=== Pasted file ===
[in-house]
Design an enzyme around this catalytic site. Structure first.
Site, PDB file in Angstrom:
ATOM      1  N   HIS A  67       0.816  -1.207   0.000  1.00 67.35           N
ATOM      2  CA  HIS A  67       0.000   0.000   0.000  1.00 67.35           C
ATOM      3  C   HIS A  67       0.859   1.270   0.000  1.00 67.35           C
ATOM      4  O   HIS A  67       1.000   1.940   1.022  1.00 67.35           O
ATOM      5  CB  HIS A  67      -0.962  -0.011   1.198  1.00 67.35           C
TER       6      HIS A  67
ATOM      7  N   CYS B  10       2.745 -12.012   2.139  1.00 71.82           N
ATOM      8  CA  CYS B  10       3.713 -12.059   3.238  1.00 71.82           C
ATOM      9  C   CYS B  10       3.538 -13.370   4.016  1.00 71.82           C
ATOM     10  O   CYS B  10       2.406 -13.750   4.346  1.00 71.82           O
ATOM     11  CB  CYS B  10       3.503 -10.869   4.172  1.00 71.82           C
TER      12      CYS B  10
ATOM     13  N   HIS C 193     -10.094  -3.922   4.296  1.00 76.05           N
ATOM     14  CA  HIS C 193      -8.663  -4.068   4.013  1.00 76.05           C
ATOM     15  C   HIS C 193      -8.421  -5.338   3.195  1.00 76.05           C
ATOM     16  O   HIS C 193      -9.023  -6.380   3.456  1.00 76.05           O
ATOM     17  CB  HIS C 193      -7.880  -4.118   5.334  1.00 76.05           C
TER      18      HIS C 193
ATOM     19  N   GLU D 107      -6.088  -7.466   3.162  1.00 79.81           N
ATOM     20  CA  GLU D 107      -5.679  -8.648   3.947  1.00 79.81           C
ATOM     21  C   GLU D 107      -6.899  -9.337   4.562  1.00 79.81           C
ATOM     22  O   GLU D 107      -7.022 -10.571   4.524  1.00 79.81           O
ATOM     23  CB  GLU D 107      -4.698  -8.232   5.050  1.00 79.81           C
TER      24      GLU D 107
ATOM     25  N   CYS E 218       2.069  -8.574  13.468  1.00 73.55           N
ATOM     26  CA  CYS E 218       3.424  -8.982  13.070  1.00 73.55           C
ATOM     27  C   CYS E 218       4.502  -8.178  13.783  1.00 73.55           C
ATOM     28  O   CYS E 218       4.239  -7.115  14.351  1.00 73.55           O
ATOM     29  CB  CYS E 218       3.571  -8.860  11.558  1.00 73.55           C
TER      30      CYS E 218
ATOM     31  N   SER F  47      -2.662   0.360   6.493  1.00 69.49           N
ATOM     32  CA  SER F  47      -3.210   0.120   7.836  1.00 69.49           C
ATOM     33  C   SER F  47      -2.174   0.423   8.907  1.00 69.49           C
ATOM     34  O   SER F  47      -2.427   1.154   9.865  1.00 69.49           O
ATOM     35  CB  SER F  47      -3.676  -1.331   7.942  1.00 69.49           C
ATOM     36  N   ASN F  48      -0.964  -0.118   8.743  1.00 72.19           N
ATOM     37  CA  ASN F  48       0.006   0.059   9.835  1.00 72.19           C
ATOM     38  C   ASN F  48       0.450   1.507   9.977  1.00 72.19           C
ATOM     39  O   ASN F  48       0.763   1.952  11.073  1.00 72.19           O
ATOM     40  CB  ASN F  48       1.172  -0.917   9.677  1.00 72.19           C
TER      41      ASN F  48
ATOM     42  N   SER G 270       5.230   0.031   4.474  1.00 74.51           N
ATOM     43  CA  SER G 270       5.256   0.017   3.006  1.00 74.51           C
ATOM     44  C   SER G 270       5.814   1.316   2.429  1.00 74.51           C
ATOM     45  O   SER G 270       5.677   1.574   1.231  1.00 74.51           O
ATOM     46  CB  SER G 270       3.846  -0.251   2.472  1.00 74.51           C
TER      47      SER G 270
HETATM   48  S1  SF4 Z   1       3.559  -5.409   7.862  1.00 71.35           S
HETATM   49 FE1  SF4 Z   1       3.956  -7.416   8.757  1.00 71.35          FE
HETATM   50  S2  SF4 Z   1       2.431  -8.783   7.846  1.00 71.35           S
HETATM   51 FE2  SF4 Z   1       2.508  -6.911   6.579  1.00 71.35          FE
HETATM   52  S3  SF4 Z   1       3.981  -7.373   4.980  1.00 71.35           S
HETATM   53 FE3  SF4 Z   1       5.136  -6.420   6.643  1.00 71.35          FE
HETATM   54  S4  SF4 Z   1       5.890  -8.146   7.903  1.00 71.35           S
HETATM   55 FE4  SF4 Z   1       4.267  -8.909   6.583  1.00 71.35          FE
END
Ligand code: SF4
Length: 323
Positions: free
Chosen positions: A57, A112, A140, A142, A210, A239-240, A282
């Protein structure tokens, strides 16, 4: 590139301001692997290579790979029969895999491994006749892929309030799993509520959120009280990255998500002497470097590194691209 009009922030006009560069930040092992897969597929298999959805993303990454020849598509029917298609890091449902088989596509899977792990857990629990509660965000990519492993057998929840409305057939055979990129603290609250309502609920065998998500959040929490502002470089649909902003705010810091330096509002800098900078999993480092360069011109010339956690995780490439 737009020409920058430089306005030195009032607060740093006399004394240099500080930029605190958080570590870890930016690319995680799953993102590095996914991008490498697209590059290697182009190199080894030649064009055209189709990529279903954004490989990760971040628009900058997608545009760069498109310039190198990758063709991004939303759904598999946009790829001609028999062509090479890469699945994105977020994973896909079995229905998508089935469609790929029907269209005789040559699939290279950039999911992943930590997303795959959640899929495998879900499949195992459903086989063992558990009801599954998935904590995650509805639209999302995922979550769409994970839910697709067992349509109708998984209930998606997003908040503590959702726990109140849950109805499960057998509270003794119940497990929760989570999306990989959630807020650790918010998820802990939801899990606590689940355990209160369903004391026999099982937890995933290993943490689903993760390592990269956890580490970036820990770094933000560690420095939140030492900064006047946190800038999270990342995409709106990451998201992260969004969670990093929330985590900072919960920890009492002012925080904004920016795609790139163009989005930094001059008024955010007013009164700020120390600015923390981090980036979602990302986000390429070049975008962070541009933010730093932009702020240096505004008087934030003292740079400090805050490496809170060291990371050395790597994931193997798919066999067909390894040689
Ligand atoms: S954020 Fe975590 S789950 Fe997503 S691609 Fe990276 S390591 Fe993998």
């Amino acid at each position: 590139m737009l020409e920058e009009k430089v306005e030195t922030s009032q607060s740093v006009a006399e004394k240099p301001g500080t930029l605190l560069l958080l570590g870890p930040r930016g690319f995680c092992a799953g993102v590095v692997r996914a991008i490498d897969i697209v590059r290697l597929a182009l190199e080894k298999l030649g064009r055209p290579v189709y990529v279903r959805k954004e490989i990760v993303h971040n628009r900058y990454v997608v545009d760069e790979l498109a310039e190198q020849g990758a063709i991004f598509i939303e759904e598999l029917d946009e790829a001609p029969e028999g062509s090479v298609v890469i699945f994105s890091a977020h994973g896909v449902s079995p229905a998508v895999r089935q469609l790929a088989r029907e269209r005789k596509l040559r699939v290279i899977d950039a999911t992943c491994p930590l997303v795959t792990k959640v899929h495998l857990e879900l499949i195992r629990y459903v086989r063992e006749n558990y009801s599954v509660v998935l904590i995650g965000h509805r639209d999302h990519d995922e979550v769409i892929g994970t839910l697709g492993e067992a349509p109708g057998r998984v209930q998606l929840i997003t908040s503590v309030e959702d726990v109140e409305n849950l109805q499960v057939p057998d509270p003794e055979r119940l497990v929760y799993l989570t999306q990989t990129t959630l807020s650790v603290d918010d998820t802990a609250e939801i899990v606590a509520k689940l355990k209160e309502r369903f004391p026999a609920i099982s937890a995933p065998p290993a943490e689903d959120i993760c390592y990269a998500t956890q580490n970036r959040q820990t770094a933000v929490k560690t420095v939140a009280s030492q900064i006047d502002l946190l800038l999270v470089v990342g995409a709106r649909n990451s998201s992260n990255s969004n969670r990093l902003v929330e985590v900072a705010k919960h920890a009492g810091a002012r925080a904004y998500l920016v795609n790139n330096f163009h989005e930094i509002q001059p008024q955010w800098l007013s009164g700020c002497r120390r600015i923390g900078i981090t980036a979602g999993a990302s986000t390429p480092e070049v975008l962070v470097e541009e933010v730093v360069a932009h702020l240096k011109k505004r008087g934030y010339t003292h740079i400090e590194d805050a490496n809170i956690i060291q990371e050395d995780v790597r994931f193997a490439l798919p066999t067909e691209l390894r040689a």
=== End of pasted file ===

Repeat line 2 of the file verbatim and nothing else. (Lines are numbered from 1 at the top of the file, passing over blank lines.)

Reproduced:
Design an enzyme around this catalytic site. Structure first.